David & Libby Rise above your crisis
Financial crisis? It’s awful, but you can work your way out of it. This is how
YOU wouldn’t wish a personal financial crisis, or PFC, on anyone. It can be so debilitating. It can feel as though your whole life is about to come crashing down like a house of cards.
A PFC can be triggered by a range of factors but the most common is a debt burden which has careered out of control.
But with discipline and some hard work, there is a way out. Here’s our six-step guide to how to turn things around as quickly as possible.
1. UNDERSTAND THE BIG PICTURE
Before anything else, draw up a list of all your assets and debts to get a bird’s eye view of where you’re at financially. Then, build a budget to work out where your money actually goes.
It’s simple to do. In one column list your income and in another pull together all of your regular and irregular expenses.
Run a fine-toothed comb through last month’s receipts and bank statements to make sure you’ve listed expenses accurately.
2. SET SMART GOALS
If you’re in a sticky financial situation, your main goal is probably to get out of it as quickly as possible, which is reasonable. But it’s not a financial goal.
A good financial goal has a definite deadline and can be broken down into manageable steps. For example, it’s much better to say, “I want to be rid of my credit card debt by Christmas, which means I need to repay $150 a week for the next four months”.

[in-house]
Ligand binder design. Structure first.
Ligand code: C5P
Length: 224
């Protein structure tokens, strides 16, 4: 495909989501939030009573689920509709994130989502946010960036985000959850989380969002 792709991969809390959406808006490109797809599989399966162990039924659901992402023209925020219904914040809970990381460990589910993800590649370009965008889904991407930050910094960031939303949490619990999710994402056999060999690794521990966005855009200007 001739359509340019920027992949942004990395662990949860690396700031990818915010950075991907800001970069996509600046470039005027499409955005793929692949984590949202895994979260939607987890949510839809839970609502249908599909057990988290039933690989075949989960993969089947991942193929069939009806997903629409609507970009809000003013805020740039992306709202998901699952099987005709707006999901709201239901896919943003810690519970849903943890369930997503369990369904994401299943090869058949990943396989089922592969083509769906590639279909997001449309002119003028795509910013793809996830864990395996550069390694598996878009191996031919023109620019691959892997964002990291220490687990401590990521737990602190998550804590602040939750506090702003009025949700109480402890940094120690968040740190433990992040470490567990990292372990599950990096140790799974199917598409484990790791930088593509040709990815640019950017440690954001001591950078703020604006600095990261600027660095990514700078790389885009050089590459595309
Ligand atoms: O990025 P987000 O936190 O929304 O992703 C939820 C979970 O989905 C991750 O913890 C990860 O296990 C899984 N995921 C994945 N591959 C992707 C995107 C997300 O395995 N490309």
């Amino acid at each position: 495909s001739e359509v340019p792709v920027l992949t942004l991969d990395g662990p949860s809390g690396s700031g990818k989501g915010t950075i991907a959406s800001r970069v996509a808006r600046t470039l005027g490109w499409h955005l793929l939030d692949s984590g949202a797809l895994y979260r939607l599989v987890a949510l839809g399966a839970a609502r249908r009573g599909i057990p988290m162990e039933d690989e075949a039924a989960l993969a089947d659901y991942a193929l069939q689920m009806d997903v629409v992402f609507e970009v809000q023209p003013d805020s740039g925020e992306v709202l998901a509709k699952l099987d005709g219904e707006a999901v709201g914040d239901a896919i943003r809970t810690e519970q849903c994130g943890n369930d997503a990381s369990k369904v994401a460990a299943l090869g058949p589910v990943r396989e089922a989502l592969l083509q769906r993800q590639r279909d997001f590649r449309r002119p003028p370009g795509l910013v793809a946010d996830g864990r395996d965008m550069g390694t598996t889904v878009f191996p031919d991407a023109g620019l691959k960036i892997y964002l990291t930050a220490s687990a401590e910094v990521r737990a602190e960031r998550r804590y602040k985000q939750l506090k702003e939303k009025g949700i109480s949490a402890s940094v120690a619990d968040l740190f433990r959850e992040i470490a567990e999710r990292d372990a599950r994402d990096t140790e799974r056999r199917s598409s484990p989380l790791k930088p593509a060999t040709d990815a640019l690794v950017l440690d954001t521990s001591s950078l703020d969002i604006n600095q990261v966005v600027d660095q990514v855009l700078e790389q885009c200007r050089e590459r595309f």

3. TAKE CONTROL OF YOUR SPENDING…
With a budget and some welldefined goals to work towards, it’s time to take control.
Think about your spending in terms of wants and needs. Needs are non-negotiable – for example, you’ll always need to make room for groceries.
Wants are nice-to-haves such as gym memberships, new clothes or eating out, and if you’re in the midst of a PFC these should be the first things to go.
4. … AND YOUR DEBTS
First, look at whether you can minimise the interest you’re paying, for example through a credit card balance transfer or by consolidating multiple debts to reduce the interest. Go online to GetCredit score.com.au to find out your score then either go to your bank and get a better deal on consolidating debts into a personal loan or use an alternative like a peer-to-peer lender.
Next, try to channel all of your additional money into making extra repayments, which will save interest and help you pay off the debts faster.
(Don’t be afraid to use your savings to make extra repayments. Money in the bank only earns around 3 per cent these days, while credit cards or personal loans still charge interest rates in the double digits.)
Finally, if you’re having trouble repaying a debt or bill, speak to your lender or biller immediately. They may be willing to negotiate more favourable terms and you could avoid a black
6. FUTURE PLANS
Hopefully, these steps help you take control. But a PFC could happen again, so be prepared. Start setting aside money in a savings account to cover unexpected expenses. And do a full review of your insurance, both for things and for you and your family. This will ensure you can weather the
next PFC if it comes.